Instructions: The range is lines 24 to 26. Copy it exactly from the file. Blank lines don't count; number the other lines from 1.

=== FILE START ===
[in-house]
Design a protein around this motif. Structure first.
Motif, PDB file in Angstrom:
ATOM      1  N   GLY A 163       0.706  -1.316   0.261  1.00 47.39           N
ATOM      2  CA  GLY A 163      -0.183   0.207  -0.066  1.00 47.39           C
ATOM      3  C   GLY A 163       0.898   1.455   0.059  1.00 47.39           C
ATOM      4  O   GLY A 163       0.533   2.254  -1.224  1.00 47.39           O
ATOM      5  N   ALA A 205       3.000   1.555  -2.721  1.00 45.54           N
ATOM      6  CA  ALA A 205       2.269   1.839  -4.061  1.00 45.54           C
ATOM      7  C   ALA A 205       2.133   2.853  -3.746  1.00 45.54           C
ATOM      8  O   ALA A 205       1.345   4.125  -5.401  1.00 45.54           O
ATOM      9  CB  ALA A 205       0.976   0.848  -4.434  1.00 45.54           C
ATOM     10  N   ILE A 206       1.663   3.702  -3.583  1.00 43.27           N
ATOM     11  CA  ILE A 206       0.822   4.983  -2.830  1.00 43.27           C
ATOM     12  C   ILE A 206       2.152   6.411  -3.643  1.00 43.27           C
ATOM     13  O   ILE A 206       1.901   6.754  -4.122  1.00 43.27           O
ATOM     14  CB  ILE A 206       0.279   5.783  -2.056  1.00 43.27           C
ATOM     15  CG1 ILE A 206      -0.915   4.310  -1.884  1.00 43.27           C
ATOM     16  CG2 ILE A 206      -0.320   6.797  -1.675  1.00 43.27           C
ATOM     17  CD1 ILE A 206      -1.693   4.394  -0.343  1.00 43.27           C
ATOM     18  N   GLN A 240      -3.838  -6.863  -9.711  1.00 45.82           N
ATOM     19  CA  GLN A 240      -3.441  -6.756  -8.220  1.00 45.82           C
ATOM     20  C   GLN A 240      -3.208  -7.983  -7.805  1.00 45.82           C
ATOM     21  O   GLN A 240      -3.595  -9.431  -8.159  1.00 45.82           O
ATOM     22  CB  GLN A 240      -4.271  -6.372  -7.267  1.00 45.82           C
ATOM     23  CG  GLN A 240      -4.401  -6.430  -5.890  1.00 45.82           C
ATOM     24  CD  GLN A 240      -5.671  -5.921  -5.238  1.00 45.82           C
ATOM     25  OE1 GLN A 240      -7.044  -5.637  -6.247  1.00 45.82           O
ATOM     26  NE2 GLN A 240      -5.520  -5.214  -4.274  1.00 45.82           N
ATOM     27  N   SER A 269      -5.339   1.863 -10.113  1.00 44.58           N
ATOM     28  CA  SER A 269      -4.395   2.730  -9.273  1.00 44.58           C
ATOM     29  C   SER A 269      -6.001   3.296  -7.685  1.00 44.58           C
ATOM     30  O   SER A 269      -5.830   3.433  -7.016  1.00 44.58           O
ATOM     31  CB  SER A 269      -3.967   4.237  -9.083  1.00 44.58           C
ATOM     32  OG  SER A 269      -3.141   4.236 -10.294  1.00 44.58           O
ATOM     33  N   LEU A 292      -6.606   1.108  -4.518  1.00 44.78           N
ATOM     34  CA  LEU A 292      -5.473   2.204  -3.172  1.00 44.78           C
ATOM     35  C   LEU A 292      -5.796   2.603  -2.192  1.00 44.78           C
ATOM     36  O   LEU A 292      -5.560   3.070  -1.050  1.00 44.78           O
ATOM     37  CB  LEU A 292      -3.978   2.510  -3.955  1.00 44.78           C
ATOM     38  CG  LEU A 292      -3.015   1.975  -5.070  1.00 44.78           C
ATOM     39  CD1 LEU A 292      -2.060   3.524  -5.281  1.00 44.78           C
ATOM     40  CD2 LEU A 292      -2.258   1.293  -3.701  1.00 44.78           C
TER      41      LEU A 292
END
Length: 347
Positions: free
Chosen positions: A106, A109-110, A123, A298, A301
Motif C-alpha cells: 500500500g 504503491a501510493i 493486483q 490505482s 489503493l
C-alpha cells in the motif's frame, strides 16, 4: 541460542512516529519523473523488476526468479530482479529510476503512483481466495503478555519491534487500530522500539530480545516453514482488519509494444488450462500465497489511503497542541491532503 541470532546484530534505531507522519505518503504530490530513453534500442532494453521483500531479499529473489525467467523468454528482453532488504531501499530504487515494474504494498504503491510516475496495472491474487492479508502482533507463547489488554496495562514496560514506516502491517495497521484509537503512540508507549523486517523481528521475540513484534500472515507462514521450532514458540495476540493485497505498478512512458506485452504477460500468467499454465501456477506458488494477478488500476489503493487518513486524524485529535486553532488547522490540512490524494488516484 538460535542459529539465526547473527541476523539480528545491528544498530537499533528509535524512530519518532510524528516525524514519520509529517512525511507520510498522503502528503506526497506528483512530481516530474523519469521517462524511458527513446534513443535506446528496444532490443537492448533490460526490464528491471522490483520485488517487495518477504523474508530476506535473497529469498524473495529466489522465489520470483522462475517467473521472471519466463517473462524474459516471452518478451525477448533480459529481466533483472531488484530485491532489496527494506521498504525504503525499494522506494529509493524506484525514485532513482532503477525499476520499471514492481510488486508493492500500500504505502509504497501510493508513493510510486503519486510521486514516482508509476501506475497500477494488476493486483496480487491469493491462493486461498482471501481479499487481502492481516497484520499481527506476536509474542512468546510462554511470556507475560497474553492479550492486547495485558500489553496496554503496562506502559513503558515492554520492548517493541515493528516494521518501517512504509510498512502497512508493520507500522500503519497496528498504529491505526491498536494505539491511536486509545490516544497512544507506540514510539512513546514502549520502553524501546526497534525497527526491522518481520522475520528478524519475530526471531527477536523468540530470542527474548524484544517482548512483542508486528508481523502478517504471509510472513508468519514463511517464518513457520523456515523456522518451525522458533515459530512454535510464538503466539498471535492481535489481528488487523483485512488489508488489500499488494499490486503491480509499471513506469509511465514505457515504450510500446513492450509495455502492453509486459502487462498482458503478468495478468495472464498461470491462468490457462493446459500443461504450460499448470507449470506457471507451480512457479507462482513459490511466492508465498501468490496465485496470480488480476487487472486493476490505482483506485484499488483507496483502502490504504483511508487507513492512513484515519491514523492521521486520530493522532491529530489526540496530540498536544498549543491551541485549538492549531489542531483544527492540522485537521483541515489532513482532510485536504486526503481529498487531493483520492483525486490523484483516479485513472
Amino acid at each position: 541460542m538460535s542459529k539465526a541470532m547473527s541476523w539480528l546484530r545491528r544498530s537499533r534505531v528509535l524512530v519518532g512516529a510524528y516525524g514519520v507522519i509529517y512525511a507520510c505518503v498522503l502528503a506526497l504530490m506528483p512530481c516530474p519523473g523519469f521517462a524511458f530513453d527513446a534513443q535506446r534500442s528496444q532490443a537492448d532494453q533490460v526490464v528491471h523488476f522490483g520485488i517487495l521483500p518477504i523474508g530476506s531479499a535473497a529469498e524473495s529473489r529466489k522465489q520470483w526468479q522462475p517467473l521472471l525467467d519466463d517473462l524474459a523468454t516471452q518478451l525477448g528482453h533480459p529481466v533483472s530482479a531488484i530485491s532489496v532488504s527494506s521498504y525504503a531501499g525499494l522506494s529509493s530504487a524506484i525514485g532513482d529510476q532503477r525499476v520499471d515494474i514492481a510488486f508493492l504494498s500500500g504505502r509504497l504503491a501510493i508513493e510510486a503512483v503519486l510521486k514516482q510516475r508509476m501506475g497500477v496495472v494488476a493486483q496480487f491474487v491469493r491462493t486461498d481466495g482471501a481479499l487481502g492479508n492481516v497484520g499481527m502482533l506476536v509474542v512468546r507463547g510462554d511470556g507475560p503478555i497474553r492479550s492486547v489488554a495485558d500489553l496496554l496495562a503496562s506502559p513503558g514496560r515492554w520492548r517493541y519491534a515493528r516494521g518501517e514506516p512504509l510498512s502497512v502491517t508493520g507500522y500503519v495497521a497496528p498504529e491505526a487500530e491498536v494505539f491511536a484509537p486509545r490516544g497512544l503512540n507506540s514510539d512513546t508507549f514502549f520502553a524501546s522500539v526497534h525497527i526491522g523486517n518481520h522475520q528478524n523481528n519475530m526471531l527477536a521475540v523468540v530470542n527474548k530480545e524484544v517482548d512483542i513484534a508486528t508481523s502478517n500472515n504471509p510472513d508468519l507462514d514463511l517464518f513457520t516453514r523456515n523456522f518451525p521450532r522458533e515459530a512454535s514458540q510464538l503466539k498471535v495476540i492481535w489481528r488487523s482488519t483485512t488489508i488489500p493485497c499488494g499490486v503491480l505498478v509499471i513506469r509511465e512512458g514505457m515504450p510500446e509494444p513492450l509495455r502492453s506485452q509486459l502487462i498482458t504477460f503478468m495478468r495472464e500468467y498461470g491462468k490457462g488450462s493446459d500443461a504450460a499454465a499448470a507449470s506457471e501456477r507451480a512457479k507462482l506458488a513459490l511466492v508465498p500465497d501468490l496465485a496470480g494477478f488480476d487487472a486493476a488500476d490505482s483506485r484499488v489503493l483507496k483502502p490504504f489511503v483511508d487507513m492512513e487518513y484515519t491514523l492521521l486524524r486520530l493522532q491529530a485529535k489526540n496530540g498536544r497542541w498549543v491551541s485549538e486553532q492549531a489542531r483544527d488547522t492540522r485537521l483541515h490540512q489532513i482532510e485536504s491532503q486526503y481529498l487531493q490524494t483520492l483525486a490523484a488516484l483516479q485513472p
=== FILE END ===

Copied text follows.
ATOM     21  O   GLN A 240      -3.595  -9.431  -8.159  1.00 45.82           O
ATOM     22  CB  GLN A 240      -4.271  -6.372  -7.267  1.00 45.82           C
ATOM     23  CG  GLN A 240      -4.401  -6.430  -5.890  1.00 45.82           C